* hxxp://funnylive2010.ru/ms/bb.php?v=200&id=555611691&b=26may&tm=2
* hxxp://funnylive2010.ru/ms/bb.php?v=200&id=555611691&tid=11&b=26may&r=1&tm=2
* hxxp://porsche911start.ru:80/board.php
* hxxp://www.yunusemre.net/trpanel/fckeditor/editor/
_source/classes/v106.exe
* hxxp://www.yunusemre.net/trpanel/fckeditor/editor/
_source/classes/sistempod.exe

At the time of writing, 16 of the 41 AV engines did detect the trojan. Virus Total permlink and MD5: 75809a70e8773d51c5b20dd0f7b8163e.

7 thoughts on “New trojan variant in “Thank you for buying iTunes Gift Certificate!” email

  1. Thanks for your advice here. However, they are trying to keep ahead of the game.
    They are changing the email to try and confuse people!
    Attachment now named : Gift_Cerificate_641.zip
    Email address now just : certificate@itunes.com
    Message headers : from IP 111.193.148.254 – which is somewhere near Beijing in China
    Return email address : tackinessad81@conceive.com

  2. I got one from store@itunes.com, the attachment is named Gift_Certificate_831.zip. I almost opened it thinking someone had hacked into my itunes account and purchased a gift card. Glad I checked first. What caught my attention was the email address used to send it to me was not my actual email address.

    • “What caught my attention was the email address used to send it to me was not my actual email address.”

      In most cases, the email addresses are the same in the SMTP session level and headers of the email. This applies when I send an email to you for example.

      But there can be a difference in the sender/recipient email addresses on the SMTP session level and the sender/recipient email addresses in the headers of the email.

      For example, a sender can connect to a mail server and say I have a mail from joe@domain.com but the email headers – which are send in the data stream – contains for example the mail from john@domain.com.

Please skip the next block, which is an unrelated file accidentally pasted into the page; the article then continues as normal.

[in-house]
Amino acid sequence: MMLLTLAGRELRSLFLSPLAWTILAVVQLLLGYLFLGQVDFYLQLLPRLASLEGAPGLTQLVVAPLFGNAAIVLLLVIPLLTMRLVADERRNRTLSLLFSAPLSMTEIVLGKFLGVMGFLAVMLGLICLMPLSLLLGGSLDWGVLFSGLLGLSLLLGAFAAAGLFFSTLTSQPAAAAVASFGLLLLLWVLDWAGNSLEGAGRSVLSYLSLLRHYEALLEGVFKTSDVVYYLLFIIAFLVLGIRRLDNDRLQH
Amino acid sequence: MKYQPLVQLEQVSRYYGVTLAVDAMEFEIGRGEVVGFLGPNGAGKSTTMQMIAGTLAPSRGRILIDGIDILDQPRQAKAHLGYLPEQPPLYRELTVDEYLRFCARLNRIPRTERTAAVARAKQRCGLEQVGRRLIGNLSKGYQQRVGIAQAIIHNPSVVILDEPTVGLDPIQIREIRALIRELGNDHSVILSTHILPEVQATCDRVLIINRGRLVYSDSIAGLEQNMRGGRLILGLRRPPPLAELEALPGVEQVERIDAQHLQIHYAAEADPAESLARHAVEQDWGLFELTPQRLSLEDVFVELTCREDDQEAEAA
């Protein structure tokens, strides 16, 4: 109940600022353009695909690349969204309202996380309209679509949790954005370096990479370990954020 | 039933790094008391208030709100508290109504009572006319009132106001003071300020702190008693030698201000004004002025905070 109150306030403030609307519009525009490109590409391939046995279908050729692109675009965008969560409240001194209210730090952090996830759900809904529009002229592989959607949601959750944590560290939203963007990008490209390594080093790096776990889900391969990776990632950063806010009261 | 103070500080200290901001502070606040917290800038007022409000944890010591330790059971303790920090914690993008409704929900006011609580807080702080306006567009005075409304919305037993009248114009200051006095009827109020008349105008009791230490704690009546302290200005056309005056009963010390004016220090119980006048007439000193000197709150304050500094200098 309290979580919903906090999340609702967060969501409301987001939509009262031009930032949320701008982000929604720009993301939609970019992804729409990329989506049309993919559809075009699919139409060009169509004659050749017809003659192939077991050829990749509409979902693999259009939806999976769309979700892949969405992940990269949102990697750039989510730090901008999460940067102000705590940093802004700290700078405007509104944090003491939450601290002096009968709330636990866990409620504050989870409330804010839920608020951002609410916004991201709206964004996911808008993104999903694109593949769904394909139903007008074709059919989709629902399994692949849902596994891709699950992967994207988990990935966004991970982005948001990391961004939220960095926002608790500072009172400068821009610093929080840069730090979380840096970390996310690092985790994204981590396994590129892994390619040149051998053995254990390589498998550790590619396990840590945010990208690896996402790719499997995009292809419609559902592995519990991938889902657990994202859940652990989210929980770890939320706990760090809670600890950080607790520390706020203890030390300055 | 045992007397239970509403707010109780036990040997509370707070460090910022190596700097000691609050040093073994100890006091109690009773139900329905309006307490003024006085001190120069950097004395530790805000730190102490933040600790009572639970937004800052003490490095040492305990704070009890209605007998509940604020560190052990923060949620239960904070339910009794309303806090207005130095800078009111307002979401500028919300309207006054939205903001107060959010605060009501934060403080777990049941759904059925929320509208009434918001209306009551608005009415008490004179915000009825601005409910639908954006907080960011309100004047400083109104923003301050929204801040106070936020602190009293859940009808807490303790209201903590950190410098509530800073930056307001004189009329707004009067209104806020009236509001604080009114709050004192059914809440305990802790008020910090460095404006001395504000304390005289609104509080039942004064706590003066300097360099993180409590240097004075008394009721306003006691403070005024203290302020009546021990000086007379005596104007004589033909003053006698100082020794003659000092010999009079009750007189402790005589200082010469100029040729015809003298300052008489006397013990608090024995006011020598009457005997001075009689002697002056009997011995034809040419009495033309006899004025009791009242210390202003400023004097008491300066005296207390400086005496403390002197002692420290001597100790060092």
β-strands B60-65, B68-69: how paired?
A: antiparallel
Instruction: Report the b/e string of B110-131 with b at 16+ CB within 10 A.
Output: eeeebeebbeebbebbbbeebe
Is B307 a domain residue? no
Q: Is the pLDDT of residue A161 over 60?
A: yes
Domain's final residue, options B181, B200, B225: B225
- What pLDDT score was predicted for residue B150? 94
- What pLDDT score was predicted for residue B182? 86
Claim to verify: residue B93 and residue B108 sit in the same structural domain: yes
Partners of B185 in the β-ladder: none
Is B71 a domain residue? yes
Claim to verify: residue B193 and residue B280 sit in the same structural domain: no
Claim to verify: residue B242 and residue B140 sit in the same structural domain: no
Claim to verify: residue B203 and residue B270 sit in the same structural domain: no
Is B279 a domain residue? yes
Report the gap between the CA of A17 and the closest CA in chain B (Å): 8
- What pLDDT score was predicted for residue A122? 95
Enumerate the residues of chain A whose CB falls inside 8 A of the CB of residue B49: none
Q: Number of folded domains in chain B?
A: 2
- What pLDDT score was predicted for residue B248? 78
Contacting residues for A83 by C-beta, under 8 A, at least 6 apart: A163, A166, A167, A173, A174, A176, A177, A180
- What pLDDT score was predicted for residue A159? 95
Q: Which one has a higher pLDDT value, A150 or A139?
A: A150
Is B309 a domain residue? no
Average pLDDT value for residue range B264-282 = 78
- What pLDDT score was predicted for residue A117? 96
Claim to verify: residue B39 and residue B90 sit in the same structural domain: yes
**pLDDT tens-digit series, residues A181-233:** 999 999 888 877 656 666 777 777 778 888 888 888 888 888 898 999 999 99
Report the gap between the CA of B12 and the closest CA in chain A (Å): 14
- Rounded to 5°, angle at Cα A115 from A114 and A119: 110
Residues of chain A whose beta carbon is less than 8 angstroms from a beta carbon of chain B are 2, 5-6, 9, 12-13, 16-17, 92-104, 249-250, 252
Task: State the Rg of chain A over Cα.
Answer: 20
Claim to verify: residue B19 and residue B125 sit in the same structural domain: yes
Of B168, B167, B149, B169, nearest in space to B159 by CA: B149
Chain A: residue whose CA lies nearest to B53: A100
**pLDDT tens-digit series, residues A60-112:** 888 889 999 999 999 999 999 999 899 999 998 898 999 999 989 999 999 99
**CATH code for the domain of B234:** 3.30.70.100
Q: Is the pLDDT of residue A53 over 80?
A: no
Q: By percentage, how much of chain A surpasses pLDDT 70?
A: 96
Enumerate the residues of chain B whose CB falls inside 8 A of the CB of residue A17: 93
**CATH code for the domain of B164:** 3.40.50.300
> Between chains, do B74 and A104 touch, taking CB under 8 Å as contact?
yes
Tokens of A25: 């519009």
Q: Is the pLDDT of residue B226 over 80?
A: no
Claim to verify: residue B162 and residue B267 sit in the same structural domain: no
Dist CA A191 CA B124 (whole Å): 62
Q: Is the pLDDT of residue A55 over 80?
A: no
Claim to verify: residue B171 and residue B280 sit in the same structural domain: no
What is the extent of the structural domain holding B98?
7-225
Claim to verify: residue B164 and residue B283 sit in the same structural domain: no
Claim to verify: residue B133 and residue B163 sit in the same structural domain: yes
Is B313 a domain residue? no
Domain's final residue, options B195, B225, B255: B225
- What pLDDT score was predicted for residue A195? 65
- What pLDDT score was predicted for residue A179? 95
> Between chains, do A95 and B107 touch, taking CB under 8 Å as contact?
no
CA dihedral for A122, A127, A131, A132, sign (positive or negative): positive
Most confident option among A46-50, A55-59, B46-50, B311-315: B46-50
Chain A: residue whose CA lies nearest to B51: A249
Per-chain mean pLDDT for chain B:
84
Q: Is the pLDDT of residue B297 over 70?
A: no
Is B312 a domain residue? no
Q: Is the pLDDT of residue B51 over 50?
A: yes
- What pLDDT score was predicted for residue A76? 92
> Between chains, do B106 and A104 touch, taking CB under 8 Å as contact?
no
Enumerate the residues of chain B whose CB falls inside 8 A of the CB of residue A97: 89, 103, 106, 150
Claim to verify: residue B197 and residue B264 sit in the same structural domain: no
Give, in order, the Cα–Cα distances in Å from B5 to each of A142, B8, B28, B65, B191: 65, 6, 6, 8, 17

In such a case, you will see the john@domain.com in your email client but on the mail server level the email address joe@domain.com was used for sending the email.

      You can notice this often when you receive an email that is send to ‘Undisclosed-Recipients’. You will not see your own email address as the recipients address.

  3. I received this email a few days before graduation. I went to the itunes website because I wasn’t familiar with them emailing gift cards. I deleted the email. I just received another email. I tried to erase it and instead it opened it. I am trying to fix it, my computer is still working but I don’t want my passwords and credit card info stolen. When I try to delete the zip file it says that the file no longer exists and tells me to try again! What do I do now. it is the iTunes_certificate_147.zip

  4. Your website is really cool and this is a great inspiring article. Thank you so much.

  5. Now the Spammers are really upsetting me. I try to be careful, we pay for a spam filter, and still some gets by our internal firewalls. The e-mails before were easy to spot because there were 7-12 with the same subject line; but now they are using recognizable domain names like itunes.com.

    What a problem. Who do you trust? Answering emails just got harder again.

Comments are closed.